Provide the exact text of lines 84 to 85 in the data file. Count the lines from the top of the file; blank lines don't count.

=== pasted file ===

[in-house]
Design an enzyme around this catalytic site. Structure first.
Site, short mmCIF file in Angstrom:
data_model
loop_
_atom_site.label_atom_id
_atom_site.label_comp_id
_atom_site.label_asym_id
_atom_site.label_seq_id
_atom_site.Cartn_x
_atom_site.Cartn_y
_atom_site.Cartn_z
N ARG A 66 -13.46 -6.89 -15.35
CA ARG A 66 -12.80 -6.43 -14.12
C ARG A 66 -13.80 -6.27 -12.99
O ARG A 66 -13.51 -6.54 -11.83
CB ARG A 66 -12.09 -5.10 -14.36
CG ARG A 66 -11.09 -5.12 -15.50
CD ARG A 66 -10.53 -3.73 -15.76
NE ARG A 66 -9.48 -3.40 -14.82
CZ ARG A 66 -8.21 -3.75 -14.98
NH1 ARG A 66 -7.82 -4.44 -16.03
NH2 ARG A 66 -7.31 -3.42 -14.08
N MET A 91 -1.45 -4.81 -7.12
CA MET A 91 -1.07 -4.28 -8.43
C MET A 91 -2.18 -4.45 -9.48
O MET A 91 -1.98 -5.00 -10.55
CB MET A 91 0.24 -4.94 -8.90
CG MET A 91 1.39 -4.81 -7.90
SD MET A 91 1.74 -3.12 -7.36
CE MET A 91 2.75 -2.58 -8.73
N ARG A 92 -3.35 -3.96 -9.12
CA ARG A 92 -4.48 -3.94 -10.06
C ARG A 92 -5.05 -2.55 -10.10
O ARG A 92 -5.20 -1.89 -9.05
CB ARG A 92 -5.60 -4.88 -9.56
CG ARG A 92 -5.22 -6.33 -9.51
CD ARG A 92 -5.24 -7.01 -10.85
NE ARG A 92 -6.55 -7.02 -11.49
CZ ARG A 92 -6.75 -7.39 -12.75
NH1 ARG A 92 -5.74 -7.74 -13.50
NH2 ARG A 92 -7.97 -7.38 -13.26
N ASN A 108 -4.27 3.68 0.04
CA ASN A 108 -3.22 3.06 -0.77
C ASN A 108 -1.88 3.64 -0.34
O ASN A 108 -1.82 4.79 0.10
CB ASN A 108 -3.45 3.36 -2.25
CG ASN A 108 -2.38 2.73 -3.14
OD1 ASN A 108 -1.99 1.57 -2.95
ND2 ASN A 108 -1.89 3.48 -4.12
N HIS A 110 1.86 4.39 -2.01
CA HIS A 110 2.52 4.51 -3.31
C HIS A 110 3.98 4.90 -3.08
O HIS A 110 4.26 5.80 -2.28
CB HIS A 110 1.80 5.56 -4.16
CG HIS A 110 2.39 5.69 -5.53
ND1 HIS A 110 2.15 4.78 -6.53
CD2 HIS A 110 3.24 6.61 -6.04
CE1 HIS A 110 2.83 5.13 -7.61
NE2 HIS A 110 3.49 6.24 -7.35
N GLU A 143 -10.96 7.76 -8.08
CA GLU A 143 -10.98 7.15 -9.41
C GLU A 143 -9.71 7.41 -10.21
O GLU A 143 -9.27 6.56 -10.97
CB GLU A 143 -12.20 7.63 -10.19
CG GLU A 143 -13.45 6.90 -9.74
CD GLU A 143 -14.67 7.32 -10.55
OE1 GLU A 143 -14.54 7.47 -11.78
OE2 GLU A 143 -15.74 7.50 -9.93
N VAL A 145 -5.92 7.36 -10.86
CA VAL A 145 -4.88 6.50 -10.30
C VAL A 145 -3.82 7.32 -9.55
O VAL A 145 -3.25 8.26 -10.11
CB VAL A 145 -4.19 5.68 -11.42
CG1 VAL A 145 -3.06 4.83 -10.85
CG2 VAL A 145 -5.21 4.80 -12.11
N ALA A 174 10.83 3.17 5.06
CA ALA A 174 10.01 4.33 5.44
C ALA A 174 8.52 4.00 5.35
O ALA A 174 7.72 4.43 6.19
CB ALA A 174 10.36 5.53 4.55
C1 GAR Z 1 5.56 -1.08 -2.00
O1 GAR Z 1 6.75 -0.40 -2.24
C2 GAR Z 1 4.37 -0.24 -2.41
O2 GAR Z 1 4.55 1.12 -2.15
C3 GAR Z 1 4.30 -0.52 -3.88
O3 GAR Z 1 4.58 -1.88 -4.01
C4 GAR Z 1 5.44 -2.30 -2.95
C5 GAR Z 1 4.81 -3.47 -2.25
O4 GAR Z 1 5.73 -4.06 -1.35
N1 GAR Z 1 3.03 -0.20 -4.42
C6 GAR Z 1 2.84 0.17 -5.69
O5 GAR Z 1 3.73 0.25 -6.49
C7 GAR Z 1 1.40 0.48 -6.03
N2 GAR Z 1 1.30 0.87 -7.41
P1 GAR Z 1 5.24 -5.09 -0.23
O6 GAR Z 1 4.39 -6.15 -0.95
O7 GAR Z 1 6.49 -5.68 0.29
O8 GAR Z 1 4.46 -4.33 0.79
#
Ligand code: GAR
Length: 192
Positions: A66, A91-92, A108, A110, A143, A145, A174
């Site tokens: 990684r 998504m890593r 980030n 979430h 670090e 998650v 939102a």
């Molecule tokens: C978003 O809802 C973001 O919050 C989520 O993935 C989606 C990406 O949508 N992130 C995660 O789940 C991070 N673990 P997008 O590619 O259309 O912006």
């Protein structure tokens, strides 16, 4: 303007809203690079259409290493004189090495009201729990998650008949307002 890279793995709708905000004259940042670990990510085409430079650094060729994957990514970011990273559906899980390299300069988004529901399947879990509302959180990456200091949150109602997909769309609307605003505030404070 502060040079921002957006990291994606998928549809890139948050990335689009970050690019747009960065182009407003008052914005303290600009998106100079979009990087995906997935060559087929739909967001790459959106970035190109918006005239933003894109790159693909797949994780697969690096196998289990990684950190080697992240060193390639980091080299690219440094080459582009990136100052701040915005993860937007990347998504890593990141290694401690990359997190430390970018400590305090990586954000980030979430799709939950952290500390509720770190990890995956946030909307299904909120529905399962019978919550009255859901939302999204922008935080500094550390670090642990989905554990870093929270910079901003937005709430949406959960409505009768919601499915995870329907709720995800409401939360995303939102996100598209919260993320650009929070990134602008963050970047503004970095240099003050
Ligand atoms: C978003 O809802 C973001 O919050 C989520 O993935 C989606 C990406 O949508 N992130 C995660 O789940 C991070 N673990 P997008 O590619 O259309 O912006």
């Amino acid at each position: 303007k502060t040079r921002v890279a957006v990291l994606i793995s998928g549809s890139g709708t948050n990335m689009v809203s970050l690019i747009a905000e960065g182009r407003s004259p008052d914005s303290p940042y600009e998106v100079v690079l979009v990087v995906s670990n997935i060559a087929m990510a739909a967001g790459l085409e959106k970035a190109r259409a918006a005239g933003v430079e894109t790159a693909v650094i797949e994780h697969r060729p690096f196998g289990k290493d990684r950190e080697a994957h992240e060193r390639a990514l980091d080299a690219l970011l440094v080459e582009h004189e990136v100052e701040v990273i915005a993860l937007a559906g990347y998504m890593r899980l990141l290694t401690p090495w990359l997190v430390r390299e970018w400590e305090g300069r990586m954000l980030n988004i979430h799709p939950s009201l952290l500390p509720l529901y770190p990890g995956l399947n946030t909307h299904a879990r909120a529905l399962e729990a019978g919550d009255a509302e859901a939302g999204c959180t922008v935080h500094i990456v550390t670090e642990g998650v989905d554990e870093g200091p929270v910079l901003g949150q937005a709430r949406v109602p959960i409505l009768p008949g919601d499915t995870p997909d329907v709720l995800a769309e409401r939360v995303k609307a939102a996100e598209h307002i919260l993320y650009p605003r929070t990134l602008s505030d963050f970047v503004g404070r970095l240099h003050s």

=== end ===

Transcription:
C2 GAR Z 1 4.37 -0.24 -2.41
O2 GAR Z 1 4.55 1.12 -2.15